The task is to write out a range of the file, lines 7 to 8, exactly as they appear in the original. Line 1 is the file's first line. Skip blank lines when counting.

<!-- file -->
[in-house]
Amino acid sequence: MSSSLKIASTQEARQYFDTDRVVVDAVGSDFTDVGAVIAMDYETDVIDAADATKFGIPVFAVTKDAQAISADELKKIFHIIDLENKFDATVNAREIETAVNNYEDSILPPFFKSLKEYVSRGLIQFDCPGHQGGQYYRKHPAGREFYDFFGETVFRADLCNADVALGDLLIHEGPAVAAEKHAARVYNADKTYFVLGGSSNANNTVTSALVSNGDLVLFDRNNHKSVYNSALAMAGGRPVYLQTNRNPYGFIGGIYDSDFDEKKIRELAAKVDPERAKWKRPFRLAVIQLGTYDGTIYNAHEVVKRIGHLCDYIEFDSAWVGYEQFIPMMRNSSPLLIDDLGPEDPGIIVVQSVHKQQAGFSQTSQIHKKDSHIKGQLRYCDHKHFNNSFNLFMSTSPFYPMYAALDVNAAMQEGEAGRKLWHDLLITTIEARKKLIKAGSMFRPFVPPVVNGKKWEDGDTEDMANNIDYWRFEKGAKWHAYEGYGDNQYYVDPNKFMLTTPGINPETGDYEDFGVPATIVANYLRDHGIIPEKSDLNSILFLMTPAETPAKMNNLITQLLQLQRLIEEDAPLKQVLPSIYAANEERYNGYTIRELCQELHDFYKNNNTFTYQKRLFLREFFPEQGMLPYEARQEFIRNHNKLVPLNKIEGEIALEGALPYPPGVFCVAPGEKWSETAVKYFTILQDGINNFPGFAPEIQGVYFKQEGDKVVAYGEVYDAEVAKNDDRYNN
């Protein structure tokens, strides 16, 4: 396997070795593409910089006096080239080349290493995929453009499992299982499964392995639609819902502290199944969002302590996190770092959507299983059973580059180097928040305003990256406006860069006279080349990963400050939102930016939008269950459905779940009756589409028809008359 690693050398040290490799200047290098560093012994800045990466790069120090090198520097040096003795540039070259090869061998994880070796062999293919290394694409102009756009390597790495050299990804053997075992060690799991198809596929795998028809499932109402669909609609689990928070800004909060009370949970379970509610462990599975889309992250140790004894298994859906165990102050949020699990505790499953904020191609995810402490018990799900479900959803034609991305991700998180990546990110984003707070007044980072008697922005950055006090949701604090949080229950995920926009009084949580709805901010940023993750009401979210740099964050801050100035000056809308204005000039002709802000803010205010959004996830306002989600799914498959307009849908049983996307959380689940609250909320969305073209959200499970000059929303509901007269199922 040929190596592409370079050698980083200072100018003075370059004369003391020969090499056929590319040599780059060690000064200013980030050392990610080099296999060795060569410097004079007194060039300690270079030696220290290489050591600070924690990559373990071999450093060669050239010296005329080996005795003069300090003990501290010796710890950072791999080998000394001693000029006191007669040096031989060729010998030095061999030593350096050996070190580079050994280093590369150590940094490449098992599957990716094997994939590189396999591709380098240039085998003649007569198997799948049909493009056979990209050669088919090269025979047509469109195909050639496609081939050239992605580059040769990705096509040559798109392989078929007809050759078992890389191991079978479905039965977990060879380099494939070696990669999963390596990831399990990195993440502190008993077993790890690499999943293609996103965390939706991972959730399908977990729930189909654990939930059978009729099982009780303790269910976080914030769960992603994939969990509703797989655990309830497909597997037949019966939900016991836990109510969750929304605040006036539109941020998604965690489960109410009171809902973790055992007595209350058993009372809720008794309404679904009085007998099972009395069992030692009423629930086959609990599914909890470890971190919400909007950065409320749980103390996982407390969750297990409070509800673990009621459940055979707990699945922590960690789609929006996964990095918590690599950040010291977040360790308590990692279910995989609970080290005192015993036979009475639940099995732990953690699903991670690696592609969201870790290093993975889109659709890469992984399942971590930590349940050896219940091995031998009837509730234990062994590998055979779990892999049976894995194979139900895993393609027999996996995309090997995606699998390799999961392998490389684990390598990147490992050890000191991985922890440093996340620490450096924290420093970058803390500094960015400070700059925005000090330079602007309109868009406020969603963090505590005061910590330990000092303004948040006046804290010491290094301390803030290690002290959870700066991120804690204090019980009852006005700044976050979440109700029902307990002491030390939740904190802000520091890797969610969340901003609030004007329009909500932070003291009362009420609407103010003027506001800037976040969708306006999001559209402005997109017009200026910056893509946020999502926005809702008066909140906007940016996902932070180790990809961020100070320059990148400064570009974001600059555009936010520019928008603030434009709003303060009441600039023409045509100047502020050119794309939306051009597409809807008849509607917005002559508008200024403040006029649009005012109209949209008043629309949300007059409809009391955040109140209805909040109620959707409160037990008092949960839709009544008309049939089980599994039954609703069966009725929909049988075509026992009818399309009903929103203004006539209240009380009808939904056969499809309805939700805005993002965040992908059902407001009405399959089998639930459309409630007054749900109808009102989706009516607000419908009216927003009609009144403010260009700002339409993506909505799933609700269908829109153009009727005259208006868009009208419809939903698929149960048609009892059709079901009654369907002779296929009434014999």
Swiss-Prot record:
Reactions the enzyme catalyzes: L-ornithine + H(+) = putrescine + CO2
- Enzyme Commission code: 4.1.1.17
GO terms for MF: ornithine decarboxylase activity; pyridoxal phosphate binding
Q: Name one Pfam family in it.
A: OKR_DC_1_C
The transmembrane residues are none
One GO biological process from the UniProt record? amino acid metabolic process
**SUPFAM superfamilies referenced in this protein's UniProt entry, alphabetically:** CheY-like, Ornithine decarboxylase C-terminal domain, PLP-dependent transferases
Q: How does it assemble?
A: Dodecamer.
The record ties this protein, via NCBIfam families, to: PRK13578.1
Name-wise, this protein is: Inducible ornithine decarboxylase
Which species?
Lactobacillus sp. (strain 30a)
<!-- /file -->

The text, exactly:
GO terms for MF: ornithine decarboxylase activity; pyridoxal phosphate binding
Q: Name one Pfam family in it.